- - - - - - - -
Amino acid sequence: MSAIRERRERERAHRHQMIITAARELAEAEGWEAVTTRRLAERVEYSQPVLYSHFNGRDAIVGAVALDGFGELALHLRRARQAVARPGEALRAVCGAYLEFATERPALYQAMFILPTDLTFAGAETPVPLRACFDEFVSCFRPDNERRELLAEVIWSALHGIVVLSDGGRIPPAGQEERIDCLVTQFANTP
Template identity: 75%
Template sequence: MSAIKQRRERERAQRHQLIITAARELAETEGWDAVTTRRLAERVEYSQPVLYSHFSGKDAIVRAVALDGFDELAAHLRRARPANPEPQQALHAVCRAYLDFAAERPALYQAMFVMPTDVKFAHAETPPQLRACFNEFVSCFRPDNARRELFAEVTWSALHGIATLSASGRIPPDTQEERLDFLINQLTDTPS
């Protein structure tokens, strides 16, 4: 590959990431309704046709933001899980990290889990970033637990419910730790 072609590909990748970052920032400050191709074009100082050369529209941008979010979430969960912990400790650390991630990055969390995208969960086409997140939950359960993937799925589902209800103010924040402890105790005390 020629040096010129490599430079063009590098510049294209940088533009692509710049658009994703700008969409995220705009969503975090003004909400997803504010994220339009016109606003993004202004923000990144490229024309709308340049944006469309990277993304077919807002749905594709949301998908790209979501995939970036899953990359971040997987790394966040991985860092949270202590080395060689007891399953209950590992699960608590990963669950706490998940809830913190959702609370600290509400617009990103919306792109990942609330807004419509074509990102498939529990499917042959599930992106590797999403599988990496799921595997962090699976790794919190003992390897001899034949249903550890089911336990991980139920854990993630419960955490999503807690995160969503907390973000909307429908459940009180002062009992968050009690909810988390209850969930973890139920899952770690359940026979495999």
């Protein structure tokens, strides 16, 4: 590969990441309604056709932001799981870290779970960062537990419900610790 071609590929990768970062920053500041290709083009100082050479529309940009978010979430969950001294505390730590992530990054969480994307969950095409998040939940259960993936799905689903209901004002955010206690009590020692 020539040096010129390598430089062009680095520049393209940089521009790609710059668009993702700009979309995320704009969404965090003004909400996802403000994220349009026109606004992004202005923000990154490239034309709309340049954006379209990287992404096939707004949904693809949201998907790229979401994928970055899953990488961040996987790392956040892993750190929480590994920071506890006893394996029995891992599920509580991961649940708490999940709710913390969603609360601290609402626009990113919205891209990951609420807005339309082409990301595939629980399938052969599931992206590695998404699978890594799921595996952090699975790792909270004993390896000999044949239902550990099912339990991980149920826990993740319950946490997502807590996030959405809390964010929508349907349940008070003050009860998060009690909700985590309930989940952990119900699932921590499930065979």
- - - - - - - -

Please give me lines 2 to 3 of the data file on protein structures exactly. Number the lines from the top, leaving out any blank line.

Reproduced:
Template identity: 75%
Template sequence: MSAIKQRRERERAQRHQLIITAARELAETEGWDAVTTRRLAERVEYSQPVLYSHFSGKDAIVRAVALDGFDELAAHLRRARPANPEPQQALHAVCRAYLDFAAERPALYQAMFVMPTDVKFAHAETPPQLRACFNEFVSCFRPDNARRELFAEVTWSALHGIATLSASGRIPPDTQEERLDFLINQLTDTPS